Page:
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Kanaan Enjoying Life With A.J. At Indianapolis

| Senior Writer, RacinToday.com Friday, May 25 2018

Tony Kanaan is driving in his first Indy 500 as a member of the A.J. Foyt Racing operation. Pretty interesting, he says. (RacinToday photo by Martha Fairris)

By John Sturbin | Senior Writer
RacinToday.com

INDIANAPOLIS – Miller Lite Carb Day at Indianapolis Motor Speedway traditionally is about sending messages for Sunday’s race. And with Tony Kanaan sitting atop the speed chart after the Month of May’s final practice, perhaps there is one more afternoon of magic left in the iconic career of team-owner A.J. Foyt Jr.

Kanaan, the 2013 Indy 500 winner and 2004 Verizon IndyCar Series champion, led the one-hour session with a hot lap of 39.5099-seconds/227.791 mph around the 2.5-mile oval. Lap 19 of the 38 Kanaan logged in hot and sticky conditions capped the Brazilian’s first trip to IMS with Foyt, first four-time winner of the Indianapolis 500 _ and at age 83 _ a beloved, larger than his home state of Texas figure at the Brickyard.

Just ask T.K.

Oh, big-time,” said Kanaan, driver of the No. 14 AJ Foyt Racing Chevrolet. “I mean, I walked into the garage this morning and I thought it was the grandstand because we had 400 people in there and everybody is eating ice cream and hot dogs _ and that’s A.J. Everybody is an A.J. fan here. I mean, anybody that approached me that wanted a picture said, ‘Hey, I’m A.J.’s friend; hey, I’m A.J.’s friend.’ I said, ‘A.J., you have a lot of friends here!’ It’s completely different and it’s fun. It’s busy at times, but I’m having a blast.”

Kanaan will start Sunday’s 200-lapper 10th on the 33-car grid after completing his four-lap/10-mile qualifying tour at an average speed of 227.664 mph. And, of course, that brought to mind another Foyt anecdote.

“After qualifying on Saturday, we qualified, we’re out of the top nine, we really barely made it, so we’re 10th,” said Kanaan, recounting the first of two days of time trials. “I get out of the car and I’m expecting to run into A.J. and he’s going to tell me, ‘Let’s go again, let’s withdraw the time, let’s go for the Fast Nine.’ He approaches me in the golf cart. I said, ‘So, Boss?’ He’s like, ‘In 1966, I was second and I withdraw my time to re-qualify and I ended up on the other side of the fence in Turn 1.’ I said, ‘OK, well, I guess we’re qualifying Sunday then.’

“He said, ‘Yep.’ OK, so those are the kind of days we have there, and it’s awesome.”

Kanaan noted Friday’s conditions are expected to mimmick those on Sunday. “So we tried to optimize that and run in the heat conditions and see what are we going to do,” said Kanaan, 43, who will make his 17th Indy 500 start and record 289th straight start in an Indy car race on Sunday. “But really, if you haven’t figured it out by today, you’re in trouble.”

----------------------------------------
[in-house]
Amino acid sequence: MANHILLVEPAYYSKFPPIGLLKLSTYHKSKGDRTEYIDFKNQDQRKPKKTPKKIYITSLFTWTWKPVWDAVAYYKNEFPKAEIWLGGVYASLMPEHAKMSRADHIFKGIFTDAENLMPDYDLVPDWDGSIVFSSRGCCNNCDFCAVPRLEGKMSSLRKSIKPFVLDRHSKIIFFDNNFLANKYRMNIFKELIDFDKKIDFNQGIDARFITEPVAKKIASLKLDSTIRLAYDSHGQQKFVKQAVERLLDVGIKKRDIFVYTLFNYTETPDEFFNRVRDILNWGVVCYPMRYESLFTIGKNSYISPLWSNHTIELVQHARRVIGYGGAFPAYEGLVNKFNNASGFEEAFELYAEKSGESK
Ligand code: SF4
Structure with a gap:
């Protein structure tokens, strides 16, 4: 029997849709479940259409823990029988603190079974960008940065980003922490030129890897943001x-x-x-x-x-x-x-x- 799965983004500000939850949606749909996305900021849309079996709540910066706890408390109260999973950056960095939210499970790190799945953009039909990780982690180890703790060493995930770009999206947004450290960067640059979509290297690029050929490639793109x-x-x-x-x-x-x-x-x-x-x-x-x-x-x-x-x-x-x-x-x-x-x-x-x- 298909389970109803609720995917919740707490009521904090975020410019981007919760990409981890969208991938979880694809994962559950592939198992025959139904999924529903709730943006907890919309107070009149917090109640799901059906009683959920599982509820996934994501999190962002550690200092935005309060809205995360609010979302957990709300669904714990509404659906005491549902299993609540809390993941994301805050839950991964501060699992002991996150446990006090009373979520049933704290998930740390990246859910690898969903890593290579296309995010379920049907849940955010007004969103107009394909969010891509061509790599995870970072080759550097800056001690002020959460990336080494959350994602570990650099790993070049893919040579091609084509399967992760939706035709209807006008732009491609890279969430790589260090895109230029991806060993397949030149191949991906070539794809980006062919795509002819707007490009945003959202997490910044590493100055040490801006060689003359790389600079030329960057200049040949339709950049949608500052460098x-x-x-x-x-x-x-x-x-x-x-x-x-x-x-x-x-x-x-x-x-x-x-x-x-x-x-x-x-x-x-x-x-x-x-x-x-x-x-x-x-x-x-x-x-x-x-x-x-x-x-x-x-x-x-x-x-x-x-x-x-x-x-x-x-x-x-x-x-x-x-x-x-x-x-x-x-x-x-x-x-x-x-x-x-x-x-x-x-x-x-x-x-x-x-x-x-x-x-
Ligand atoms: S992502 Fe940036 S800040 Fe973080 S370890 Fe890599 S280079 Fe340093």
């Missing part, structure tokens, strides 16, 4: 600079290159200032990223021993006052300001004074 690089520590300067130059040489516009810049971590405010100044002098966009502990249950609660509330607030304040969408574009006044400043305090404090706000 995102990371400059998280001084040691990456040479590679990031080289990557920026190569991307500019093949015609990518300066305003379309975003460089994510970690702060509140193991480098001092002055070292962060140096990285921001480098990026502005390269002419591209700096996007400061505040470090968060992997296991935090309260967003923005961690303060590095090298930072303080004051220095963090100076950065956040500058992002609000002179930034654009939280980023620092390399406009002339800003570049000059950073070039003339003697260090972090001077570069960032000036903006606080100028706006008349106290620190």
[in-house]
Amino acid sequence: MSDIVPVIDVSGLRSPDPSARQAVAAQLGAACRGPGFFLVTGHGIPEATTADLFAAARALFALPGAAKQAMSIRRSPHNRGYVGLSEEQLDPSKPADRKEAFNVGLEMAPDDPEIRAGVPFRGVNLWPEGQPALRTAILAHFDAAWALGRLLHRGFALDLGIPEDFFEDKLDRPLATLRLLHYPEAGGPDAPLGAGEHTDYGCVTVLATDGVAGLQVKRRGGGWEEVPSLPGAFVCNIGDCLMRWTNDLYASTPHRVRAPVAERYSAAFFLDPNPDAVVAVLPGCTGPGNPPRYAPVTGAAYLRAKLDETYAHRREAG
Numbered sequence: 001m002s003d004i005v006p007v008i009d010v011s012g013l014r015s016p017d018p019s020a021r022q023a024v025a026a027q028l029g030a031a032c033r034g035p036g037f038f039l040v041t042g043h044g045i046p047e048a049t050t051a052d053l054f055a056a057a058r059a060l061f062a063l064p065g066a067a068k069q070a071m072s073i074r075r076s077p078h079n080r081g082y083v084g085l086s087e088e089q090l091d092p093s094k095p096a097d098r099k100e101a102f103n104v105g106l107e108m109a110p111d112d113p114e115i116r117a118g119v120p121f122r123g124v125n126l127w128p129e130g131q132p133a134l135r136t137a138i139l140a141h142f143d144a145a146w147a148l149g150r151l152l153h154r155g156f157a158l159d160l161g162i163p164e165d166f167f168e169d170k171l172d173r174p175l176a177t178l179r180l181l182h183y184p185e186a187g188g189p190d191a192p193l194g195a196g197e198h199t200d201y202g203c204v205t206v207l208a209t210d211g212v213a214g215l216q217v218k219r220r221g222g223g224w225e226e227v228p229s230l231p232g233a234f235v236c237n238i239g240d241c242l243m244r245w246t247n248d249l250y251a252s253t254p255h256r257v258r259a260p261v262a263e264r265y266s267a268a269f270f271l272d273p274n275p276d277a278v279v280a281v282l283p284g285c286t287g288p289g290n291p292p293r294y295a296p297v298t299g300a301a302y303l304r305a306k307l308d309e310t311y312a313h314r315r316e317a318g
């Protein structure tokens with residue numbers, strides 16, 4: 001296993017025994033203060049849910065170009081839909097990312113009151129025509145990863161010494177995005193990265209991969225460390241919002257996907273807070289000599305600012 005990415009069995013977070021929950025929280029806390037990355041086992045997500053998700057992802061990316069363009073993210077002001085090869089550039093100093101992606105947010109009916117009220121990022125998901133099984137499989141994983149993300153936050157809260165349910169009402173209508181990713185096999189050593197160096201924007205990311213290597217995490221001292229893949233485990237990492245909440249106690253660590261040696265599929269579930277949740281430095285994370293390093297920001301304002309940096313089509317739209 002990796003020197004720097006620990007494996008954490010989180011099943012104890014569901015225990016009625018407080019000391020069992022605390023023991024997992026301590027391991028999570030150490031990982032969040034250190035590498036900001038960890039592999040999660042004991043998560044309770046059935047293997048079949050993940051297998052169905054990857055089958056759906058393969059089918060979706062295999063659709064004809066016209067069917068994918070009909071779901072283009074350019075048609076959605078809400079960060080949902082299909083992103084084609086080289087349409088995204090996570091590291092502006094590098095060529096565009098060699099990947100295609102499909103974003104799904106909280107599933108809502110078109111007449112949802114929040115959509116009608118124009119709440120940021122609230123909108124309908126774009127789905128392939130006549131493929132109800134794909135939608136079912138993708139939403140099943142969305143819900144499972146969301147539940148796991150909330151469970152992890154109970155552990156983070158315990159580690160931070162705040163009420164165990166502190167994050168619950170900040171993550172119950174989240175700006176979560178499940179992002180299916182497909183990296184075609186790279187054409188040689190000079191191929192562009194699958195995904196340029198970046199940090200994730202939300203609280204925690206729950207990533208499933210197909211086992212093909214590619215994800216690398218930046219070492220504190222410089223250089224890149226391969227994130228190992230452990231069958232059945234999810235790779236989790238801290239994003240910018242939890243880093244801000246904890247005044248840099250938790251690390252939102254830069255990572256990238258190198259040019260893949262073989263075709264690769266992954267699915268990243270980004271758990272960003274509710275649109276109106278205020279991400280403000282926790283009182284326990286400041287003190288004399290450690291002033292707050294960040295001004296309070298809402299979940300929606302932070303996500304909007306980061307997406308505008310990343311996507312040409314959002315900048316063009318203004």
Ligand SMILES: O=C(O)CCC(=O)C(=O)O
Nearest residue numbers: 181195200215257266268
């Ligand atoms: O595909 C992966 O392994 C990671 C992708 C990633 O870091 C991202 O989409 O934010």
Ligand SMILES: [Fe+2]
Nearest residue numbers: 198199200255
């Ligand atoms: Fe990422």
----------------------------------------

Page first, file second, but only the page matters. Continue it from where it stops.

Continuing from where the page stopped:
All teams are competing this year with sanctioning body INDYCAR’s new-for-2018 Dallara universal aero kit on a superspeedway for the first time. Sunday’s forecast is for temperatures expected in the low 90s.

A total of 1,273 laps were run Friday, an increase of more than 300 laps from Carb Day practice just one year ago. “I remember back in the days when we had to save the engine and you couldn’t do more than 10 laps (on Carb Day) to save it for the race,” Kanaan said. “Nowadays, the engines are so good, Chevy does such a great job, that you can run full-power all the way through. So then you tell the engineers that, we ran three sets of tires, almost 50 laps.”

Scott Dixon, the 2008 Indy 500 winner, was second on the chart with a lap of 225.684 mph in the No. 9 Chip Ganassi Racing Honda.

“I don’t really know if today told us too much about what the race will bring in the PNC Bank car,” said Dixon, a four-time series champion and Kanaan’s former teammate with the Chipster. “It’s really warm today and we think it could be even warmer on race day. The track temp was way up there today as well. I’m not really sure what you can learn from the times today. Overall, the car felt good and we were comfortable. You just never know exactly what you’re going to have until you get into the race.”

Fifteen drivers turned 40 laps or more in the practice, led by Graham Rahal’s 51 laps in the No. 15 Honda for Rahal Letterman Lanigan Racing. Ed Carpenter, who will lead the field to the green flag as pole-sitter, was 14th-fastest in the No. 20 Ed Carpenter Racing  Chevrolet at 223.219 mph.